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This past June a federal judge ordered the relocation of thousands of prisoners from two prisons in the San Joaquin Valley in California to protect imprisoned men against a small fungus, Coccidioides immitis, that could infiltrate the gated and locked Pleasant Valley and Avenal state prisons and continue to cause isolated cases of a debilitating illness, valley fever.

A serious fungal disease you can contract simply by breathing a few spores is 1,001 times more common at California’s Pleasant Valley State Prison than the state average. Non-white inmates are particularly vulnerable.

Following a federal court order, the state is moving hundreds of inmates deemed to be at higher risk of developing serious cases of valley fever out of Pleasant Valley and Avenal state prisons.

Valley fever is hard to diagnose, even harder to treat, and potentially fatal—and the number of cases is rising dramatically.

Medical experts are calling it a silent epidemic. The disease known as Valley Fever is spreading here in California, hitting more people than ever before.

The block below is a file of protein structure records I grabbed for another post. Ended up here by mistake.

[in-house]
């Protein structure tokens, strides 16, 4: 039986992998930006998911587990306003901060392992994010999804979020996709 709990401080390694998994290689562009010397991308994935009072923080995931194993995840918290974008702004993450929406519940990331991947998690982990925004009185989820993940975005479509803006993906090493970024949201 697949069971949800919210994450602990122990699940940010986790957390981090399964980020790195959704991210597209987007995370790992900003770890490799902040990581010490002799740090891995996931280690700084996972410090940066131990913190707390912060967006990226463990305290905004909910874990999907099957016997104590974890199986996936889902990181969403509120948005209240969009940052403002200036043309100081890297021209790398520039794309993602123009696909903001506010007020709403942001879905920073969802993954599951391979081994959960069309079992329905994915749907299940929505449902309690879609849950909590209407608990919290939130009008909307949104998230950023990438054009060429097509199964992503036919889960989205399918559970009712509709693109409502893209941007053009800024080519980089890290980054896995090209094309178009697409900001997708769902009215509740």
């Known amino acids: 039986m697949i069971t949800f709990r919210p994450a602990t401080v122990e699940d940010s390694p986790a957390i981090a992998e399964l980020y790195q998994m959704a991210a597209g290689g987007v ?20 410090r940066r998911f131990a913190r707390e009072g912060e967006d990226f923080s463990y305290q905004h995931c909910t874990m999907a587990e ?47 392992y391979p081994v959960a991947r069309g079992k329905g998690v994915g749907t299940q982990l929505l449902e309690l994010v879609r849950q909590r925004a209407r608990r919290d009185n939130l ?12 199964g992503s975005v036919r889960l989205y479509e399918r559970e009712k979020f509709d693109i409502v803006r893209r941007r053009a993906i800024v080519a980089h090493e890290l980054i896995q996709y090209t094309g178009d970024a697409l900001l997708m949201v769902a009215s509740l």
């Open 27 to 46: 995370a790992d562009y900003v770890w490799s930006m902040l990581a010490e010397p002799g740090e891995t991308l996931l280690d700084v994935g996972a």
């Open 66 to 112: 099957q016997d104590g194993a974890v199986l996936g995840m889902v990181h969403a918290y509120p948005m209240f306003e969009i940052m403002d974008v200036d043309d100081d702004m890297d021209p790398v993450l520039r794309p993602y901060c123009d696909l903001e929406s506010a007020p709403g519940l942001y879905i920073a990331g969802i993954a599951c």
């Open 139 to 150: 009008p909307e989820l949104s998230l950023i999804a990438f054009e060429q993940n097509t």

In the Mojave Desert, extreme heat and wind made worse by more intense weather conditions in recent years has helped the spread of a resilient fungus that causes a deadly infection known as Valley Fever. Ray Suarez reports on the role of dust in the dramatic rise of Valley Fever.

U.S. House Majority Whip Rep. Kevin McCarthy visited the University of Arizona Valley Fever Center for Excellence Thursday.

The fungal spores that cause valley fever are found in the soil in the southwestern United States and northern Mexico. So why should veterinarians and pet owners living outside of places such as Phoenix and San Diego familiarize themselves with valley fever’s symptoms and treatments?

California's prisons this week will start transferring inmates susceptible to Valley Fever from two Central Valley prisons, where infections from the airborne fungus sickened more than 1,800 prisoners between 2008 and 2012.

With the monsoon season here, Scottsdale Healthcare experts encourage individuals to safeguard themselves against Valley Fever, a lung infection caused by a fungus that lives in desert soil.

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